12 REDUCING HEALTHCARE’S CLIMATE FOOTPRINT: OPPORTUNITIES FOR EUROPEAN HOSPITALS & HEALTH SYSTEMS REDUCING HEALTHCARE’S CLIMATE FOOTPRINT: OPPORTUNITIES FOR EUROPEAN HOSPITALS & HEALTH SYSTEMS 13 A Health and Environment Alliance (HEAL) 88 million tonnes of food each year.28 ment to reduce health risks linked to climate vices. The healthcare sector must strengthen early expert assessment found the health impacts change (please see the Climate Policy chapter for warning and disaster response systems and build Apart from providing care to patients, health sys- caused by coal power plants in the EU cost more information about the Paris Agreement). This climate resilient infrastructure. Health systems tems are also significant providers of food services. between €15.5 to €42.8 billion per year in conference set a health action agenda for the im- must also be prepared to support a greater influx of Hospitals offer their staff and patients at least three total health costs, and cause approximately plementation of the Paris Agreement, and included patients. It is vital that health professionals receive meals a day, and in some EU nations the average 18,200 premature deaths each year.26 With specific recommendations for the healthcare sec- the necessary training to act as a protective force number of meals per day is even higher. Therefore, astounding numbers such as these, health systems tor, arguing that health systems can “lead by ex- in emergency situations. the food that hospitals choose to procure and the have the moral obligation to make a full transition ample, advancing models of low-carbon health care way it is produced, processed, and transported can from the use of dirty energy to clean, renewable that improve access to health care services, reduce have a profound effect on the environment. Also, occupational and environmental health risks and Leadership energy sources that can help protect public health taking into account the health benefits of providing Health systems must play a strong leadership role from climate change. Health systems can also re- save energy costs.”30 Similarly, the 2015 Lancet healthy, organic, and sustainable food, health sys- in advocating for health, in order to encourage and duce their carbon footprint by reducing energy con- Commission on Health and Climate argued that by tems have the opportunity to both reduce carbon engage the support of different sectors and mem- sumption through a series of efficiency measures. moving toward low-carbon health systems, health- emissions from food and improve human health. bers of the government, industry, and civil society Combined, greater efficiency and the transition to care can mitigate its own climate impact, become renewable energy can also help to improve outdoor more resilient to the impacts of climate change, in the implementation of effective adaptation and air quality, which directly benefits human health by Waste and lead by example.31 mitigation policies. This influence can take many reducing harmful chemicals emitted from fossil fuel forms. For example, health systems and profes- Health facilities create significant amounts of dai- combustion and electricity generation. sionals, in their role as health stewards, can pro- ly waste of all types of materials, ranging from Mitigation vide evidence-based information for the establish- recyclable materials such as paper, plastics, and As the sector that exists to promote and maintain ment of norms and standards for the transition Transportation metals, to compost materials, electronics, chemi- human health and well-being, the health sector has from fossil fuels to clean, renewable energy, and cals, pharmaceuticals, and other waste considered the challenge, opportunity, and moral obligation the green and ethical procurement of goods and The burning of gasoline and diesel fuels used to hazardous. Many of these materials must undergo to lead by example and act on climate change by services that can be legally enforced, locally, na- power motor vehicles produces large amounts of special treatment and disposal methods, in order reducing its own carbon footprint. The health sec- tionally, and internationally. CO2 and also releases traces of methane (CH4) and to reduce harmful impacts on humans and the en- tor not only provides healthcare, it is also a major nitrous oxide (N2O), which are even more potent vironment. Health professionals have expertise, resources, employer, landowner, purchaser of goods, and a and harmful greenhouse gasses. Hospitals and oth- and knowledge; they are often sought out for a Waste that is classified as hazardous is a minor provider of energy-consuming services, such as 24- er health facilities rely on transportation systems reliable opinion regarding the health effects of cli- part of healthcare waste. Globally, materials that hour hospital care and transportation. Across all of to transport patients, families, staff, supplies, and mate change. Therefore, their participation in ad- are classified as similar to domestic waste make their activities, health systems have the opportuni- waste. Therefore, the careful evaluation and rede- vocacy activities adds immense value to the fight up between 75% to 90% of hospital waste.29 While ty to adopt and engage in sustainable practices that sign of hospital transportation systems and the for adaptive and preventive action at both policy some of these materials get recycled, much of the are beneficial to the environment, reduce health transition to less polluting vehicle fleets can have and community level. From providing public edu- waste is disposed by landfilling or incineration. risks, and save money. To honour its commitment significant climate change mitigation benefits.27 cation inside health clinics, to participating in ed- to the Hippocratic Oath – First, do no harm – the Incineration of healthcare waste produces main- ucational programmes on topics such as personal health sector should take on the responsibility of Food ly gaseous emissions, including steam, carbon moving away from fossil fuels, so that its practic- hygiene and nutritional advice, to publicising the dioxide, nitrogen oxides, a range of volatile sub- health risks of climate change for political leverage, Emissions from food consumption take place at es and services, the products it consumes, and the stances (e.g. metals, halogenic acids, products of health professionals have great capacity to spread all stages of the food supply chain: agriculture, buildings it operates, do not harm human health incomplete combustion) and particulate matter, knowledge and awareness across communities, manufacturing, transportation, consumption, and and the environment. plus solid residues in the form of ashes.30 All of and to influence the political momentum of climate disposal. It is estimated that agriculture in Europe change policies. these harmful gases contribute to air pollution, accounts for around 15% of GHG emissions from all increasing the burden of disease. Resilience EU food production. In agriculture, GHG emissions It is under these three pillars – mitigation, resil- Healthcare infrastructure and services need to result from the cultivation of certain crops, from ience, and leadership – that we have developed become increasingly resilient to all possible cli- livestock excretion, and from the use of petrole- EXPECTATIONS FOR THE mate-related conditions, such as extremes of heat, case studies from European hospitals (including um-based resources such as fertilisers, pesticides, one from Morocco) that are addressing climate herbicides, and fuel used for farm operations, pro- HEALTHCARE SECTOR cold, droughts, and storms. There are many differ- change. While there is still much work to be done ent measures that must be implemented in order cesses, and transportation. Food waste is a major to significantly reduce the health sector’s climate In July 2016, participants attending the World to become more resilient. Vaccination programmes avoidable contributor to GHG emissions; when impacts, many lessons can be learned from the Health Organization (WHO)’s Second Global Con- and the monitoring of sanitation, waste, and wa- food is wasted, all of the resources used in it’s pro- following case studies, which provide a wide and ference on Health and Climate proposed key ac- ter are necessary to build resilience to infectious duction and supply are also wasted. According to diverse set of strategies to reduce healthcare’s tions for the implementation of the Paris Agree- diseases and strengthen environmental health ser- the European Commission, the EU wastes around climate footprint.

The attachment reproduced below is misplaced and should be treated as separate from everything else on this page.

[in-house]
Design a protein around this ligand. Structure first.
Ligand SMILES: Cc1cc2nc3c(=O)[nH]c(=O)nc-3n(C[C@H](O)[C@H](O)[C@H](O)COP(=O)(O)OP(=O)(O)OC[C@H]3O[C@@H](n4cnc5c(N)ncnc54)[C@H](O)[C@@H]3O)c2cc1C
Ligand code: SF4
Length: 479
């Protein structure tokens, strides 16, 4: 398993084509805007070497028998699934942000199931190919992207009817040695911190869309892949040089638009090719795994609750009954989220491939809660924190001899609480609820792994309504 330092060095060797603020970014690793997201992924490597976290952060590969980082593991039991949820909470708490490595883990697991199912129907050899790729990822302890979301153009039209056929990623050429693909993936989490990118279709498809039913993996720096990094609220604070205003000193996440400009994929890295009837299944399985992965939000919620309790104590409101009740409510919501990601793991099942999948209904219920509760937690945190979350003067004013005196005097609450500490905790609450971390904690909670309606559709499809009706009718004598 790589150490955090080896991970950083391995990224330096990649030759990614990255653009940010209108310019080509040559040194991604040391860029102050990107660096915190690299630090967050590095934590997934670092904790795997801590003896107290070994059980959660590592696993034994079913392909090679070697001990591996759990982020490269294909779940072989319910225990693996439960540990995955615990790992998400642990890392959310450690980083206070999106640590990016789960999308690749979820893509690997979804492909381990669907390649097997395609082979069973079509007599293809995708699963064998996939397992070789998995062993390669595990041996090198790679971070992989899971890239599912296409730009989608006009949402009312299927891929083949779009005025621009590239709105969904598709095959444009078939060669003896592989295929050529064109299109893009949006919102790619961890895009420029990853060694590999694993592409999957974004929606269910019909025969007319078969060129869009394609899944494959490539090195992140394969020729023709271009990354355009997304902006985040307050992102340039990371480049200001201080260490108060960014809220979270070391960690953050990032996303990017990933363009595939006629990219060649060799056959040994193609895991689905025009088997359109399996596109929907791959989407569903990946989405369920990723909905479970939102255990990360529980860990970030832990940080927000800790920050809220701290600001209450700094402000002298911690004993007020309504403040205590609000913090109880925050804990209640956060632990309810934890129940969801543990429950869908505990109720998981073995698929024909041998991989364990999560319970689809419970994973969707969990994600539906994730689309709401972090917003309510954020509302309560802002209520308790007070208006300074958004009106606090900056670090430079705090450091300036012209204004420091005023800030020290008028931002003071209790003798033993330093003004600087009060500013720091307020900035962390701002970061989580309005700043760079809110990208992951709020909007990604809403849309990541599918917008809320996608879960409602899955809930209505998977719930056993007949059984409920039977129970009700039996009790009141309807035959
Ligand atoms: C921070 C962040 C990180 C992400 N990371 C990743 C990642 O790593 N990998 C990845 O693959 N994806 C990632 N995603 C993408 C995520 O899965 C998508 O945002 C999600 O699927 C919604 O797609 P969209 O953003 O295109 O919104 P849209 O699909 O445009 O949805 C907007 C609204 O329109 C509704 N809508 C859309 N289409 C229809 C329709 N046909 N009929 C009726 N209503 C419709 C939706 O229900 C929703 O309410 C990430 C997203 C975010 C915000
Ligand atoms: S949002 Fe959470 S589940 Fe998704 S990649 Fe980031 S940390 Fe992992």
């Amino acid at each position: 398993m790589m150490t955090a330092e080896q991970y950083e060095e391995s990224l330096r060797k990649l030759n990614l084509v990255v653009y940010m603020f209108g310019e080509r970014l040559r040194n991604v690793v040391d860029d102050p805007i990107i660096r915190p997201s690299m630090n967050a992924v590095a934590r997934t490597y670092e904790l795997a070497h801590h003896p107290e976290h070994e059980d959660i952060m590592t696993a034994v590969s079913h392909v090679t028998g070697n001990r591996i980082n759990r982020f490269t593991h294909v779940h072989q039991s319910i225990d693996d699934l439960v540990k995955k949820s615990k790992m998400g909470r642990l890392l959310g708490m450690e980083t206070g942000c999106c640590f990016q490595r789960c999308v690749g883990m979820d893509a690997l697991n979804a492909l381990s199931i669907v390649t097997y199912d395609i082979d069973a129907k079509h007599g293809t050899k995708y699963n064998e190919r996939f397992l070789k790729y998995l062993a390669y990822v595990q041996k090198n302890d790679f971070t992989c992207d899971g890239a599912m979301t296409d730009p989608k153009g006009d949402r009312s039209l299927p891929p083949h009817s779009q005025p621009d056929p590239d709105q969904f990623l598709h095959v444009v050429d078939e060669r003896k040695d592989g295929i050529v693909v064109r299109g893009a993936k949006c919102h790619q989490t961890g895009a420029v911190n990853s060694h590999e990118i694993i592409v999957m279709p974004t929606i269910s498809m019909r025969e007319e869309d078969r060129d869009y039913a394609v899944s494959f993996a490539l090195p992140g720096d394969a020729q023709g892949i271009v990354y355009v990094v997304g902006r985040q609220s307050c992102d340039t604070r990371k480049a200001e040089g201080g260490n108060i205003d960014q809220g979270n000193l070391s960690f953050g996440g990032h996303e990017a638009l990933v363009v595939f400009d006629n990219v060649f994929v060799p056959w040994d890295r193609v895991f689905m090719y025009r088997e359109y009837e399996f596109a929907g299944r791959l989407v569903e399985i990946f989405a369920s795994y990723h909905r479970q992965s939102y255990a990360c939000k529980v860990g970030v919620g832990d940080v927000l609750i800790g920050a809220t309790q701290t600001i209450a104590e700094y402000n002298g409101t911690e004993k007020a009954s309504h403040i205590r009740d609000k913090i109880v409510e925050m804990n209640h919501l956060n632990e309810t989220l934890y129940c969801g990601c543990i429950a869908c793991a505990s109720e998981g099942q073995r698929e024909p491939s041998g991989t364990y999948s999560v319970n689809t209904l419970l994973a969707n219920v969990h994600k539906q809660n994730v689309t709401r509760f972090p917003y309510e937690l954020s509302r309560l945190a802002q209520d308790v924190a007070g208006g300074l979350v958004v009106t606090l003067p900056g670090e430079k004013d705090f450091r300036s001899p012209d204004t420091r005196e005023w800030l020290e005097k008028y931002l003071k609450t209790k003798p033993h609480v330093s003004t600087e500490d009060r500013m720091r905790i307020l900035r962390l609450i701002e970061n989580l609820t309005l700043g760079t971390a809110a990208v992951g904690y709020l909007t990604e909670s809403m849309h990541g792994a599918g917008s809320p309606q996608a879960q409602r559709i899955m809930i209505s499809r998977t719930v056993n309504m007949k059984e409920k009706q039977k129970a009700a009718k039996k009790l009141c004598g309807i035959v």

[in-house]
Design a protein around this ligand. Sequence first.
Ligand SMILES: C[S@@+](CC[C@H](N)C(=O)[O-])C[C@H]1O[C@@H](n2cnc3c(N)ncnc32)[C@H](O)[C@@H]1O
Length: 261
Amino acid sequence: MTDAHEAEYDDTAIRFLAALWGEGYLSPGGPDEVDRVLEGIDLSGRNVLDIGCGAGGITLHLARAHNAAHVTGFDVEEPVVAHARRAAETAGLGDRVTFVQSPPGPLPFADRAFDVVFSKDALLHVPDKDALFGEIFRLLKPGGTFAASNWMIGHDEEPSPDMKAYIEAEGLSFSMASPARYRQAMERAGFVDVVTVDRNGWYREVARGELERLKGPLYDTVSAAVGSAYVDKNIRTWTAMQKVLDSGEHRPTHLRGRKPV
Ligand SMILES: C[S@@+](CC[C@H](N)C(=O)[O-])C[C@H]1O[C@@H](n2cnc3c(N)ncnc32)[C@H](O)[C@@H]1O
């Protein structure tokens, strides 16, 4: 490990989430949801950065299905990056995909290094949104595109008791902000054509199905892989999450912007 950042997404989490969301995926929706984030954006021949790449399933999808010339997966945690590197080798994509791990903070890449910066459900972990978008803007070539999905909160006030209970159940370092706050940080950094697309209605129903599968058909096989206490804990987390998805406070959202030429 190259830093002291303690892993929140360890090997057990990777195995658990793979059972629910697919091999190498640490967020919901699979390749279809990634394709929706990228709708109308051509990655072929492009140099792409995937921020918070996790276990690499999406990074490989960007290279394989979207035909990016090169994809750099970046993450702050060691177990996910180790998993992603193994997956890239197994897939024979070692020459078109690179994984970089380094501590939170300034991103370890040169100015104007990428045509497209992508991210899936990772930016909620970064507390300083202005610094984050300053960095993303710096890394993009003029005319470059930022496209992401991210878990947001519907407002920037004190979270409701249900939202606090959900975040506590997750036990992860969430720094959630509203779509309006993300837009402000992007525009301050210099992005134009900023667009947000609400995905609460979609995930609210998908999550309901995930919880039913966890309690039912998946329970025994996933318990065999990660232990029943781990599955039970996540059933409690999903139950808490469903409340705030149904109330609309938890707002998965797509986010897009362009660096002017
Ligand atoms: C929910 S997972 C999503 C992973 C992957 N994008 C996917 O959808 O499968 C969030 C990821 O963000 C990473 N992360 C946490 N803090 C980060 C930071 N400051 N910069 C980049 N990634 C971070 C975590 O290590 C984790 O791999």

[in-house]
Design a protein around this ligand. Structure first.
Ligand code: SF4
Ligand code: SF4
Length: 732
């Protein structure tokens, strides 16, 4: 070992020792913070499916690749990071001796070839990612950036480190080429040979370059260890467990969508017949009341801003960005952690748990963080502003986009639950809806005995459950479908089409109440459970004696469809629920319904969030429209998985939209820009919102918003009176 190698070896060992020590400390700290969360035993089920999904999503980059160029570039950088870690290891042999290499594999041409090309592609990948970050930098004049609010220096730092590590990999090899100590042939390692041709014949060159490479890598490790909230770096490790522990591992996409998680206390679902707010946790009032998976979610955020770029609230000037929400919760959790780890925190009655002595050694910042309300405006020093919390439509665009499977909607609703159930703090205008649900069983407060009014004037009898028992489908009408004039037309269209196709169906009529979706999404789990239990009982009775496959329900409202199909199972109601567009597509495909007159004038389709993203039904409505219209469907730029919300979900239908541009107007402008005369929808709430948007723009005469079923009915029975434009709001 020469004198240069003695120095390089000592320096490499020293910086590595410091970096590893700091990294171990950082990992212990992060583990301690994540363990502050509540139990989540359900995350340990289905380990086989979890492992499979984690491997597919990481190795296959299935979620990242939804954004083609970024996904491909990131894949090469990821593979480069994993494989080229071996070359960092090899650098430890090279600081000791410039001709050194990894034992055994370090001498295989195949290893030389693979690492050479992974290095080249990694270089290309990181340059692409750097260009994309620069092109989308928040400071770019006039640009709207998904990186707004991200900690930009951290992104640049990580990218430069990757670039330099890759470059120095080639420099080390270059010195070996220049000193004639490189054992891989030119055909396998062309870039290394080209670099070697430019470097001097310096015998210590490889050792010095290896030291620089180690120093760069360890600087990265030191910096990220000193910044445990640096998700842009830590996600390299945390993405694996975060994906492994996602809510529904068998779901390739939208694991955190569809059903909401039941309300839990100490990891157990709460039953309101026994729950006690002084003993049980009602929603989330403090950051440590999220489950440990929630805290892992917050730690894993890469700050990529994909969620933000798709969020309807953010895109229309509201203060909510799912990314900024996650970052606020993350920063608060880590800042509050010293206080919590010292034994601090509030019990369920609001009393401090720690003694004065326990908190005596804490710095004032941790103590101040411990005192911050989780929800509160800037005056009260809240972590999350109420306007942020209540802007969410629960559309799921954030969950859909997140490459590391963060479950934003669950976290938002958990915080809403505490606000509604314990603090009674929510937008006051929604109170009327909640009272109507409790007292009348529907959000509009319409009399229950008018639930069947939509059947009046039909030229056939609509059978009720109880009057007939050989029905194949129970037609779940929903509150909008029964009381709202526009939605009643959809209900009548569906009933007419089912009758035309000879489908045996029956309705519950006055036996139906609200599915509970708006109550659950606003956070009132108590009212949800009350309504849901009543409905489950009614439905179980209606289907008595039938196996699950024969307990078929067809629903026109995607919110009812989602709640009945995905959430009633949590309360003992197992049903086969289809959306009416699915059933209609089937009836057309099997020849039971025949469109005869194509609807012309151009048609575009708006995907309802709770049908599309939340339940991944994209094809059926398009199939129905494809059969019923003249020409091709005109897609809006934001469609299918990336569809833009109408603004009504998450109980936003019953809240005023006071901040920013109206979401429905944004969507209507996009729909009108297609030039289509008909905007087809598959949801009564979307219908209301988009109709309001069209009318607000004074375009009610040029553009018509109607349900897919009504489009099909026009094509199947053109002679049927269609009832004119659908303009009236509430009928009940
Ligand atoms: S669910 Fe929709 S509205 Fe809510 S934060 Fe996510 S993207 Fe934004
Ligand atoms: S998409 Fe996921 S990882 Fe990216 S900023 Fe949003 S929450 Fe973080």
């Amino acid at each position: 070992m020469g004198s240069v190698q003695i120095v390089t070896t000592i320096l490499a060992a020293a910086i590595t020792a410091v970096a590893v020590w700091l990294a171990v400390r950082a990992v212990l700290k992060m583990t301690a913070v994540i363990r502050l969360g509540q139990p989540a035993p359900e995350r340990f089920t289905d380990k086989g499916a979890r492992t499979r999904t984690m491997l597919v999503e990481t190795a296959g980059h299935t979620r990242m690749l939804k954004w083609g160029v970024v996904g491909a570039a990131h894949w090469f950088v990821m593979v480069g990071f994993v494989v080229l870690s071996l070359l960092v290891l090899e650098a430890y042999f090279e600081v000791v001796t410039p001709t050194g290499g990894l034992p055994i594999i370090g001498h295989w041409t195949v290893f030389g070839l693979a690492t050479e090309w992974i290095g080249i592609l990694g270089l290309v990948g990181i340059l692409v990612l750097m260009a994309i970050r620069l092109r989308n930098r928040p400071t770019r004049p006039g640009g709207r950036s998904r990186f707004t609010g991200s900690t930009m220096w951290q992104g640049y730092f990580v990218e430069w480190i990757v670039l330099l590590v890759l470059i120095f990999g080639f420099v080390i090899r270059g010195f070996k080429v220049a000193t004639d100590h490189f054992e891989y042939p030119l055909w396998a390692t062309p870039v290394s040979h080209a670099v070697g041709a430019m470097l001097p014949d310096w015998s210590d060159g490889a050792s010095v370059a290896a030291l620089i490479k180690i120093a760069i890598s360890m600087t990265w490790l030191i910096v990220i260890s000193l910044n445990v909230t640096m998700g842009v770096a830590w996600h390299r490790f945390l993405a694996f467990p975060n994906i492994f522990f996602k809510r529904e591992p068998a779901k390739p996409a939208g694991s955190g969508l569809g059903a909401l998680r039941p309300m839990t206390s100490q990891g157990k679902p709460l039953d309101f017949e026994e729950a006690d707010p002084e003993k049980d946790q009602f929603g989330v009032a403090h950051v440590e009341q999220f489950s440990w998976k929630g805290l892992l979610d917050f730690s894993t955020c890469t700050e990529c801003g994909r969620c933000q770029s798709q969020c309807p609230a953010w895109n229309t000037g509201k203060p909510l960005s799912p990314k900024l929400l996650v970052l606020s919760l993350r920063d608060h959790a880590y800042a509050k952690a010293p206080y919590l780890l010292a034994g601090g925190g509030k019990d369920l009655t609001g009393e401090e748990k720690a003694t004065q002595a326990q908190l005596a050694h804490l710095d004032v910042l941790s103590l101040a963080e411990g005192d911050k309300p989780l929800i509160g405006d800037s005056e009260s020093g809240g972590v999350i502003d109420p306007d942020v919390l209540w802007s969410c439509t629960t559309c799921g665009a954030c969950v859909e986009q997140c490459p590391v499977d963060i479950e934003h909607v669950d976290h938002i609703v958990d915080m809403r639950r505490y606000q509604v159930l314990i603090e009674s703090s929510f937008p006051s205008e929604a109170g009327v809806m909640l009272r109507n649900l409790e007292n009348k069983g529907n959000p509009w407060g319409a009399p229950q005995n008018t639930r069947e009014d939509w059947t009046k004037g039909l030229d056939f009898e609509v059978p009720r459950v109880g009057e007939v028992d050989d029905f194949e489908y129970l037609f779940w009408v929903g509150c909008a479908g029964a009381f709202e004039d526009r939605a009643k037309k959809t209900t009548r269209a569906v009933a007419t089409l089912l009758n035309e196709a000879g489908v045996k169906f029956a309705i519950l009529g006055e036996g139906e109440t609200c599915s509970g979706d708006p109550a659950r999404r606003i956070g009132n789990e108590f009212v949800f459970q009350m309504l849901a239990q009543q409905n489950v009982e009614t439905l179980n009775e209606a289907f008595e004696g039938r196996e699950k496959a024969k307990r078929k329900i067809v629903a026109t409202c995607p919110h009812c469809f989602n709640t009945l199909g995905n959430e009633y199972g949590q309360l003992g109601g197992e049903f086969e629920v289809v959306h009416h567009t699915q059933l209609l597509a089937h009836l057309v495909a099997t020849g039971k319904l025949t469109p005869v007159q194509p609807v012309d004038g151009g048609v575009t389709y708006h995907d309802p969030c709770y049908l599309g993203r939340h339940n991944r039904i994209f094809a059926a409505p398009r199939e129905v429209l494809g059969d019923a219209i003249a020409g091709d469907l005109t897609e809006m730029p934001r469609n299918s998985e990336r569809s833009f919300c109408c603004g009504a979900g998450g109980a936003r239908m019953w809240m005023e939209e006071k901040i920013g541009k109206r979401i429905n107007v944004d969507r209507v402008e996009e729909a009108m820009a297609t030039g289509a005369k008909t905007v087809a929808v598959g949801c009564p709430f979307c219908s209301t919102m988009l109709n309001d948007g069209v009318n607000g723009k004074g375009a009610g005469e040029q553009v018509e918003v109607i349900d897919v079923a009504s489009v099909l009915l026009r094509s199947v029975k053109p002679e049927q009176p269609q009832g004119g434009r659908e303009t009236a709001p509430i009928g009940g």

14 OPPORTUNITIES REDUCING HEALTHCARE’S FOR HEALTHCARE CLIMATETOFOOTPRINT: REDUCE CLIMATE OPPORTUNITIES CHANGE FOR EUROPEAN HOSPITALS & HEALTH SYSTEMS REDUCING HEALTHCARE’S CLIMATE FOOTPRINT: OPPORTUNITIES FOR EUROPEAN HOSPITALS & HEALTH SYSTEMS 15 CASE STUDIES: WHAT EUROPEAN FRANCE: PAGE 16 Assistance Publique - Hôpitaux de Paris FRANCE: PAGE 18 Centre Hospitalier de Niort HOSPITALS ARE DOING TO TACKLE CLIMATE CHANGE GERMANY: PAGE 20 GERMANY: PAGE 22 GERMANY: PAGE 24 Bund Label KLIK Project Klinikum Neukölln MOROCCO: PAGE 26 SWEDEN: PAGE 30 Centre Hospitalier Universitaire Region Skåne Mohammed VI of Marrakesh Klinikum Neukölln, Berlin UK: PAGE 34 UK: PAGE 36 UK: PAGE 38 Operation TLC Sussex Community NHS Sustainable Development Unit Foundation Trust